Understanding Your MS Diagnosis
Just diagnosed with MS? If so, you aren't alone. Every hour of every day, someone in the United States is diagnosed with multiple sclerosis (MS), a chronic and progressive disease of the central nervous system. While severity, symptoms and the course of the disease vary from person to person, one thing remains the same: a diagnosis of MS is not the blow that it used to be.
It's true there's still no cure for MS, but recent advances have dramatically brightened the futures of the 400,000 people in the nation diagnosed with the disease. "When I started treating multiple sclerosis 20 years ago, there were no medications to slow progression of the disease, so the natural course of MS was often very disheartening," says Edward J. Fox, M.D., Ph.D., director of the MS Clinic of Central Texas in Round Rock. "Now there's a much greater likelihood of early diagnosis and early treatment, which means the prognosis is a lot better."
If you have been diagnosed with MS, educate both yourself and your family about the condition; working together makes it easier to cope with multiple sclerosis. Here's what you need to know about MS.
MS: Nerves Under Siege
In MS, your immune system mistakenly attacks myelin, a fatty substance that insulates your nerves and helps them communicate. Over time, this can lead to scarring (known as scleroses or lesions) and hardening of nerve tissue in the spinal cord, brain and eyes. These lesions can cause symptoms such as pain and weakness in the extremities, among other issues.
"Without therapy, after about 15 years, half of MS patients need some kind of device, such as a cane, to help them walk. After 20 years, it may be up to 80 percent," says Bianca Weinstock-Guttman, M.D., director of the Baird MS Center of the Jacobs Neurological Institute, University at Buffalo in New York.
Know the Risk Factors for MS
Women are two to three times more likely to develop MS than men. And most people are diagnosed between the ages of 20 and 50. The prime cause of MS remains a mystery, but risk factors may include:
- Ethnicity—Studies suggest that people in some ethnic groups are more susceptible to MS. For instance, the disease is most common among Caucasians of northern European ancestry. But Southeast Asians, for instance, are much less likely to develop MS.
- Family History—If you have a relative with MS, your chances of developing the disease may be as high as 2 percent. No family history? Your risk is .13 percent.
- Climate—MS occurs in only one of 1,000 people in tropical climates, but twice as often in people who grow up in temperate regions, which have a moderate change of seasons.
- Viruses —One outbreak of shingles, a painful rash caused by the chickenpox virus, can nearly quadruple the risk of developing MS the following year, finds a Journal of Infectious Diseases study. Plus, exposure to the Epstein-Barr virus, which is responsible for mononucleosis, may boost risk.
- Vitamin D—African Americans with MS have significantly lower levels of vitamin D than those who don't have the disease, notes a study in the journal Neurology. Researchers suspect that low levels may increase your likelihood of developing MS. Clinical trials are under way to test whether supplements can actually reduce disease activity in people who already have MS.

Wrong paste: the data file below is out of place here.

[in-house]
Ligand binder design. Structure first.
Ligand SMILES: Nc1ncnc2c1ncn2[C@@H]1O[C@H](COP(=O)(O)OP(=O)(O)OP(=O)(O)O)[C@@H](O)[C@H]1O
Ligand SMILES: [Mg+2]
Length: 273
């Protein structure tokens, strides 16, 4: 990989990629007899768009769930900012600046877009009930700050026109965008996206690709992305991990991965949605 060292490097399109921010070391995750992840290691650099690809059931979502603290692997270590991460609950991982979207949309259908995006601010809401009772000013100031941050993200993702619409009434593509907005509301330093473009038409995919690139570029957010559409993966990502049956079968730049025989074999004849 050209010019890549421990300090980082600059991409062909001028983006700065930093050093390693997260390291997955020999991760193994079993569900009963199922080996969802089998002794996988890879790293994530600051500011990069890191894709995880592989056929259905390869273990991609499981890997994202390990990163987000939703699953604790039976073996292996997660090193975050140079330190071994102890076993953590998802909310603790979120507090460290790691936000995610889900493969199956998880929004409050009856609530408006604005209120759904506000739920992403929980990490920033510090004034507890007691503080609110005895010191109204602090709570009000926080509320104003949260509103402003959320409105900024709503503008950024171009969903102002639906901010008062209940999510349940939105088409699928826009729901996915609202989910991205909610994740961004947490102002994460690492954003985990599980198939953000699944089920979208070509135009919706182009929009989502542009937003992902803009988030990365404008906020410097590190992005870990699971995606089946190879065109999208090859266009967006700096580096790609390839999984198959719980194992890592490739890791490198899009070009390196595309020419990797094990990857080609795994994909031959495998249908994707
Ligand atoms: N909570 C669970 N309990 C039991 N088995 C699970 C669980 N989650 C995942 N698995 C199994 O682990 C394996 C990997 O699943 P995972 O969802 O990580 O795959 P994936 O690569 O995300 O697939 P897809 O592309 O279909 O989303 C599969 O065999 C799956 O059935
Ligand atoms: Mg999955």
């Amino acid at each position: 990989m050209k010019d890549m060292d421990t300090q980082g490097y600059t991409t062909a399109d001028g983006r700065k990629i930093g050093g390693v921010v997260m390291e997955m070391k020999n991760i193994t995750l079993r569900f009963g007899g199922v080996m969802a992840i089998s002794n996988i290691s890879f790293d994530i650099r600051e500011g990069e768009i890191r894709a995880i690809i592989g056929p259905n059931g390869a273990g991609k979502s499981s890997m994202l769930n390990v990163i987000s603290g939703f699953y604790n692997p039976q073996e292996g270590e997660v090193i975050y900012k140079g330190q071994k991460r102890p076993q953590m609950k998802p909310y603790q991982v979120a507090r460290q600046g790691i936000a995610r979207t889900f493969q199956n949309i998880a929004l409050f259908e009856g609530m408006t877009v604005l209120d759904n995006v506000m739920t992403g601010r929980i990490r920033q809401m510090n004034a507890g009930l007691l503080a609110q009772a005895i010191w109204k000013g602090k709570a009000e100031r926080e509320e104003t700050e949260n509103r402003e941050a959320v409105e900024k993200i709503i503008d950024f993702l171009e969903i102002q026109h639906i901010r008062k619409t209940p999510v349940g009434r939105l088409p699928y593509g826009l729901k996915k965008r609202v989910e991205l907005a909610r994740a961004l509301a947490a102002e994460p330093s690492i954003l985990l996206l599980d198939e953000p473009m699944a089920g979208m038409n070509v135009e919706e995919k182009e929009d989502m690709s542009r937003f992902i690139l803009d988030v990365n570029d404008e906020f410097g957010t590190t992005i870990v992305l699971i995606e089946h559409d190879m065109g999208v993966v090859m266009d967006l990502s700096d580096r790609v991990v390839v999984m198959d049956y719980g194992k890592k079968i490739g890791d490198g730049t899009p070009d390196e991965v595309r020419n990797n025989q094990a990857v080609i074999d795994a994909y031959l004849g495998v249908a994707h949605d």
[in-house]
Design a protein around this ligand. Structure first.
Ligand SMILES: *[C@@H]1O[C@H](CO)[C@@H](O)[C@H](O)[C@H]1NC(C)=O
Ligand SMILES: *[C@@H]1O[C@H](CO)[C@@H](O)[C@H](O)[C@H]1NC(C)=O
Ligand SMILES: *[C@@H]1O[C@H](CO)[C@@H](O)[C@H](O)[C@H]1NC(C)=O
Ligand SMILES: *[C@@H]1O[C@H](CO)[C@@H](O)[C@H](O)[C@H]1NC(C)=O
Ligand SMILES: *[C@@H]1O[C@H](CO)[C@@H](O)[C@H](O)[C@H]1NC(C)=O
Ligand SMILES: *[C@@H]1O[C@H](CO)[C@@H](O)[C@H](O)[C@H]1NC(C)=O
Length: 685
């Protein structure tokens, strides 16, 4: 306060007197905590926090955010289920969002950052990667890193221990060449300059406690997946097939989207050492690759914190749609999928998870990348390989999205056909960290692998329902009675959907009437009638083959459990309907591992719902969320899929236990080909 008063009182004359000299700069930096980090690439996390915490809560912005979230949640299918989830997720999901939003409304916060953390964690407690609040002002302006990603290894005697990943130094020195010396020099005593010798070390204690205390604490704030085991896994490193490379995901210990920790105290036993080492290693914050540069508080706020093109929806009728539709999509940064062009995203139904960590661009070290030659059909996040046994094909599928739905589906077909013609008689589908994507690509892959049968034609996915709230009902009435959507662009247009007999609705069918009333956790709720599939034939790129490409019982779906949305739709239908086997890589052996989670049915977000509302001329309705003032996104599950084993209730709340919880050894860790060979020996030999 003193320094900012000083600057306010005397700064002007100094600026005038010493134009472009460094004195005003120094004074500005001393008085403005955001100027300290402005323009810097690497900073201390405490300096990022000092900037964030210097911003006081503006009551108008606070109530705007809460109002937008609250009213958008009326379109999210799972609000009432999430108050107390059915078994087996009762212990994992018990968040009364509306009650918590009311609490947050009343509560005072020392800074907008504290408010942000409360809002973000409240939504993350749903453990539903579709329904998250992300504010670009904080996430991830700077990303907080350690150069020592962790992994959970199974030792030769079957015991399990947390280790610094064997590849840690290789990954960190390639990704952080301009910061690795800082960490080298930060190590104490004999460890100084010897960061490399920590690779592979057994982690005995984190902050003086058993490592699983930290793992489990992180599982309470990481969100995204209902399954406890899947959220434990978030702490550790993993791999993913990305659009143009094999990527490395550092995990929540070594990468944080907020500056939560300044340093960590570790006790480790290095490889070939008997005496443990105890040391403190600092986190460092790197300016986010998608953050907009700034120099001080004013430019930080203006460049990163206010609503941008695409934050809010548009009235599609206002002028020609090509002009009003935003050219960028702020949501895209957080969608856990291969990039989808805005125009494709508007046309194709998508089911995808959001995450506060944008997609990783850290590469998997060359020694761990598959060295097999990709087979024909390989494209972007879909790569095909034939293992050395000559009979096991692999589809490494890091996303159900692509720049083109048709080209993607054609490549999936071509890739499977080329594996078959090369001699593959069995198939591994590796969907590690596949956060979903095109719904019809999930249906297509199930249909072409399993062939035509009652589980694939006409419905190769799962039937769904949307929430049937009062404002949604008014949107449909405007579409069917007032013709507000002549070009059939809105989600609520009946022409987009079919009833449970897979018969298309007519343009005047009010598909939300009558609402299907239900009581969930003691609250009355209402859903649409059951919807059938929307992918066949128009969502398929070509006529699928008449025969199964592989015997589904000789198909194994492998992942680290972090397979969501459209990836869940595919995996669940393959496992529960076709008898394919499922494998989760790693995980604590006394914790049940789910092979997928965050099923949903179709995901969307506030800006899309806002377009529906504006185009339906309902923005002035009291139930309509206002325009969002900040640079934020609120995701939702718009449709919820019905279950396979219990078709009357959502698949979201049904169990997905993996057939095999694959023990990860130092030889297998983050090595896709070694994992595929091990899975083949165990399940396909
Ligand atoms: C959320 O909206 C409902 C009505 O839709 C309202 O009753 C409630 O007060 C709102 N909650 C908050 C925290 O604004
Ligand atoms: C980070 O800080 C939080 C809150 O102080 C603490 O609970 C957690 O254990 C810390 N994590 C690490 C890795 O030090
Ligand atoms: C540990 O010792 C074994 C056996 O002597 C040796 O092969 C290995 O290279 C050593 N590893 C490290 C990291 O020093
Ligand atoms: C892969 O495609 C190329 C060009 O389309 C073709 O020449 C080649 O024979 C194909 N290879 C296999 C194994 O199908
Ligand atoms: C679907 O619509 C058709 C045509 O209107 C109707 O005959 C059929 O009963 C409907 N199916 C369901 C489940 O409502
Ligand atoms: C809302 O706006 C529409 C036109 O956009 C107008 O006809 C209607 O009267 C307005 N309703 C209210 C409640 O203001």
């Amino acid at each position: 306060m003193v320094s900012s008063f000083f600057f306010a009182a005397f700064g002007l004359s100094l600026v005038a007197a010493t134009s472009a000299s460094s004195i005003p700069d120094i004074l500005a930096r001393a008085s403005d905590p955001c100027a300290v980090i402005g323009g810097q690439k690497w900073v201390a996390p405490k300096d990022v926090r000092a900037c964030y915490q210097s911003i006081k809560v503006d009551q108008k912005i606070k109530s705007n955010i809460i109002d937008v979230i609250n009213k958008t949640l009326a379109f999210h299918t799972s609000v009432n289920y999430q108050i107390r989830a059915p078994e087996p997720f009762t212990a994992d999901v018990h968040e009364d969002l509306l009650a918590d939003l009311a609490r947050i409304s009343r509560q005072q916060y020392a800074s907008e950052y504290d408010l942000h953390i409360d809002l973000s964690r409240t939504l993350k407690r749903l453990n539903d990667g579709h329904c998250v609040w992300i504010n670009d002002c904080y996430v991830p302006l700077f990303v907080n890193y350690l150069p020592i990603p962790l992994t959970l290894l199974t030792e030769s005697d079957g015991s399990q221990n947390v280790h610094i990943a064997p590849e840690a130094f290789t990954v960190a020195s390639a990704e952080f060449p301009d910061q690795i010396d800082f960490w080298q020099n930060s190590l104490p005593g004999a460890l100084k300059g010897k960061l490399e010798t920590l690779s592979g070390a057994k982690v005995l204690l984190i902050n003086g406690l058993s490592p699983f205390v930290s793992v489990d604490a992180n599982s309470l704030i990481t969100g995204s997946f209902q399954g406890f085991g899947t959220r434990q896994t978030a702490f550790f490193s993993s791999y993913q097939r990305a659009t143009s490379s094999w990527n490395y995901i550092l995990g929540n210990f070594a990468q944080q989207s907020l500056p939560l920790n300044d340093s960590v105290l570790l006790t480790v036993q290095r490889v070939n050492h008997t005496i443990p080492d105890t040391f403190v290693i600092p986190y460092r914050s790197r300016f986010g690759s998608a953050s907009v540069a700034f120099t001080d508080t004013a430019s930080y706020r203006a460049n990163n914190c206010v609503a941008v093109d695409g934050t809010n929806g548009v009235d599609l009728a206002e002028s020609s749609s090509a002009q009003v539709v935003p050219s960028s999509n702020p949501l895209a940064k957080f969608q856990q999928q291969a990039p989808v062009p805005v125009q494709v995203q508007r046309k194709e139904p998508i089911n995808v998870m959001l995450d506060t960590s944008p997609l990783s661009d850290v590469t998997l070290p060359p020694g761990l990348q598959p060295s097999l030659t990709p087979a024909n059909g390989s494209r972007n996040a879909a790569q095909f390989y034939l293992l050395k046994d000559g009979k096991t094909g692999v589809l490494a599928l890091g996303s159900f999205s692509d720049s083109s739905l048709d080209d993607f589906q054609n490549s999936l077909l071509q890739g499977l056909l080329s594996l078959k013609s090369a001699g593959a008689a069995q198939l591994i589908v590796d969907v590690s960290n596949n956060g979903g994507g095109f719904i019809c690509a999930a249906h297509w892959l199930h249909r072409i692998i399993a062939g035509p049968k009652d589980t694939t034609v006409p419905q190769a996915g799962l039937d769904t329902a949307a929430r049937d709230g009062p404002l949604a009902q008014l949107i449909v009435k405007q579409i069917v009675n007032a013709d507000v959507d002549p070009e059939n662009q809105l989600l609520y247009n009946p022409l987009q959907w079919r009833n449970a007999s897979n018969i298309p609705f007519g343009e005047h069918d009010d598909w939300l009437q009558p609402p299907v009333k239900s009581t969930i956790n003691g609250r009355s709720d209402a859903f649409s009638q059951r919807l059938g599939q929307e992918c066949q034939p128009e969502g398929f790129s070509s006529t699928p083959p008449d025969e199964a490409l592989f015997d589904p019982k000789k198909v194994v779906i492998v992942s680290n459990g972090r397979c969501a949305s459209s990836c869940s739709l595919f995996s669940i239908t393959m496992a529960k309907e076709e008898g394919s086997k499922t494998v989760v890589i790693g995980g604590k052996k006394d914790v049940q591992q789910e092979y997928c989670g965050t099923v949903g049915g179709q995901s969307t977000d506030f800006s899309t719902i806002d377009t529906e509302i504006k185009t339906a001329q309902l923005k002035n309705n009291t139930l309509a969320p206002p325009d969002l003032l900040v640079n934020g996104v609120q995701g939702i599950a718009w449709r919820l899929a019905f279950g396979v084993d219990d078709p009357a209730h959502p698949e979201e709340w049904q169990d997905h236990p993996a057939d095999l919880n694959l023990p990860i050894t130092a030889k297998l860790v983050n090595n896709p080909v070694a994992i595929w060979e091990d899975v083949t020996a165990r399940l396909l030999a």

MS Symptoms and Complications
MS can be unpredictable, and one person's experience with the condition may be quite different from another's. You may face periods (days to months) of intensifying symptoms, known as flare-ups (these are also called relapses or exacerbations). It's also possible to have a gradual but regular increase in physical and cognitive symptoms over time. Or, you may go for years and years with only mild reminders of your MS.
In the early stages of MS, common signs include
- vision problems
- muscle weakness, stiffness and spasms
- limb numbness and tingling
- problems with coordination and balance
Many people notice certain situations, such as a hot bath, feeling stressed or being feverish, can trigger a flareup. As nerve damage progresses, you may develop other issues, such as:
- Eye pain, sensitivity to light and blind spots, which may worsen over days or weeks, then gradually subside.
- Depression, possibly triggered by the debilitating nature of the disease. Some experts believe the biology of MS may predispose you to depression as well.
- Cognitive problems, such as memory and concentration difficulties
- Swallowing trouble and slurred speech—up to 40 percent of people with MS may have speech problems.
- Urinary and bowel issues, including constipation and urinary incontinence
- Sexual difficulties with arousal and orgasm due to nerve damage, fatigue, muscle spasms and mood changes
Your MS Diagnosis: What Type of MS Do You Have?
There are 4 varieties of MS
- Relapsing-Remitting MS—You have clear flare-ups, often followed by partial or complete recovery periods that can last for months or years. This form accounts for up to 85 percent of all MS cases at diagnosis.
- Primary-Progressive MS—Distinct flare-ups and remissions are rare. Instead, symptoms slowly, continuously worsen over time. Unlike relapsing forms, this type of MS affects men and women equally. This variety accounts for some 10 percent of all MS cases.
- Secondary-Progressive MS—You experience a consistent worsening of symptoms. Flare-ups may occur, but are less frequent than in relapsing-remitting MS. Recovery is more difficult and symptoms may become chronic. Before disease-modifying drugs were available, half of people with relapsing-remitting MS transitioned to this form after 15 to 20 years with the disease.
- Progressive-Relapsing MS—You experience a steady worsening of symptoms punctuated by clear flare-ups. Bouncing back after flare-ups, however, is more challenging than with relapsing-remitting MS.
From our sister publication, RemedyMD (Fall 2011)